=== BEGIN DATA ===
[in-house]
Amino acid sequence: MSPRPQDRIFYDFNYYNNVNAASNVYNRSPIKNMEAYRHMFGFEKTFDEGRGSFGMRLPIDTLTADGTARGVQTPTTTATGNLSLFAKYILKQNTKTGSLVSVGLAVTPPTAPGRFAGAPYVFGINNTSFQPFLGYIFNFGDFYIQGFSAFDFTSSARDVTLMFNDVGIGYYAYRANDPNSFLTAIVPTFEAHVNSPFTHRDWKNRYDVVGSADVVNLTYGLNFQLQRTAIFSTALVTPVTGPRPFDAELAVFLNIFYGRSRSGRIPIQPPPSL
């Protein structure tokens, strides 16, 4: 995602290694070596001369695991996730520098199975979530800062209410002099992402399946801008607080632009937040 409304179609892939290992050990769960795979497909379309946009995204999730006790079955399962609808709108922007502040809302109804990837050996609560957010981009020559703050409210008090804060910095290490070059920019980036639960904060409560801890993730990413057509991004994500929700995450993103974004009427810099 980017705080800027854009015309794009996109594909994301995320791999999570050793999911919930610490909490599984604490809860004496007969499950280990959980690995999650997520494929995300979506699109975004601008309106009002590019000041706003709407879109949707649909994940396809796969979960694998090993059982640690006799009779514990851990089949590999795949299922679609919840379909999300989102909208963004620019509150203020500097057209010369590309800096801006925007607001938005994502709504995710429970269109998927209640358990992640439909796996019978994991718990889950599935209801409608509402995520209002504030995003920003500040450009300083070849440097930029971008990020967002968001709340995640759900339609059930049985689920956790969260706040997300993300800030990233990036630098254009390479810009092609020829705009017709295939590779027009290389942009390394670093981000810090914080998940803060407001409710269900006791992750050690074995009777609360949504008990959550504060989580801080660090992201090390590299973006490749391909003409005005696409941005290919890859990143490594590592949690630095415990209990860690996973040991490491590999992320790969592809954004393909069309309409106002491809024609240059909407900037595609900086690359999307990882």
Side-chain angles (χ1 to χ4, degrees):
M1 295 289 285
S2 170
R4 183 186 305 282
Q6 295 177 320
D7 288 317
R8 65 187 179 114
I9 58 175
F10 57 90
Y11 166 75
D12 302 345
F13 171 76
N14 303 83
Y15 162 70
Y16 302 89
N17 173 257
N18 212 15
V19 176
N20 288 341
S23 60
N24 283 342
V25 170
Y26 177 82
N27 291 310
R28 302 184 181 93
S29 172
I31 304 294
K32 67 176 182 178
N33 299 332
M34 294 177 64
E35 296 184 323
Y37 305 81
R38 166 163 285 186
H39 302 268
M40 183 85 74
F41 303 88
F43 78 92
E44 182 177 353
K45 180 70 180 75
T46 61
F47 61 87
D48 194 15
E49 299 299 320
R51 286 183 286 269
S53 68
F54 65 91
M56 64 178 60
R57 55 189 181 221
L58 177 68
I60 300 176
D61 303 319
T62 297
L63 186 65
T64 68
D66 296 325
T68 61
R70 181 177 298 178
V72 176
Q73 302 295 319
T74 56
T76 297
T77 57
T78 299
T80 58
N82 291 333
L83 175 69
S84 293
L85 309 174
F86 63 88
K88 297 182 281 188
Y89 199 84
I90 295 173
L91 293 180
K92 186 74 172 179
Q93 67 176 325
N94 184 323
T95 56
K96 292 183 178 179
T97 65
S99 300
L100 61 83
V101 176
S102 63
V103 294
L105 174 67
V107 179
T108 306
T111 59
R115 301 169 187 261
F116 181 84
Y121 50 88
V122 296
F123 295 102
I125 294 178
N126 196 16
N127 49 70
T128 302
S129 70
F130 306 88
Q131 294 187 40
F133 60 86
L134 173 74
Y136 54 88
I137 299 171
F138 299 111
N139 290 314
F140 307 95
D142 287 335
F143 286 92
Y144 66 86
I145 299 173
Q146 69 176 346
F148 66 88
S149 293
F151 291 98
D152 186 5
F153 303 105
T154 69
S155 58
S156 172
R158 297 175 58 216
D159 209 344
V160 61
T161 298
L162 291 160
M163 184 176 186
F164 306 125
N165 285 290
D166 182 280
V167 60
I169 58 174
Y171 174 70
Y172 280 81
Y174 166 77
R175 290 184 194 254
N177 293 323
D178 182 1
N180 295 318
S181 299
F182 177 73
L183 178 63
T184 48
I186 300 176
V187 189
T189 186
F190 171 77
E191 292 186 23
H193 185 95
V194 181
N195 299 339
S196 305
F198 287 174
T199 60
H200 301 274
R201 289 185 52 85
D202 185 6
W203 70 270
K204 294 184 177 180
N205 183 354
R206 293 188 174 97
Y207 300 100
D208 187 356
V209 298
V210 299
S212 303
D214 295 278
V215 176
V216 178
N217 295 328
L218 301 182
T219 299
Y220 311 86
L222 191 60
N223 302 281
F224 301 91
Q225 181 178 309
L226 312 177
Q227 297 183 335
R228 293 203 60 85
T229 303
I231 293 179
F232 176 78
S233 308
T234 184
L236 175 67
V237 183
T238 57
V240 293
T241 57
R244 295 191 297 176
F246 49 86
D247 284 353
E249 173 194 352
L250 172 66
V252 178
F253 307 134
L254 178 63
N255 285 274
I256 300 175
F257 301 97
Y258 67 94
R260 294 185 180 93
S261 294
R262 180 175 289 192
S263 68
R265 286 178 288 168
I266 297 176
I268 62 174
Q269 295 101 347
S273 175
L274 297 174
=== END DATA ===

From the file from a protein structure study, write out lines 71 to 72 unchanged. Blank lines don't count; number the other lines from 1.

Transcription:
L85 309 174
F86 63 88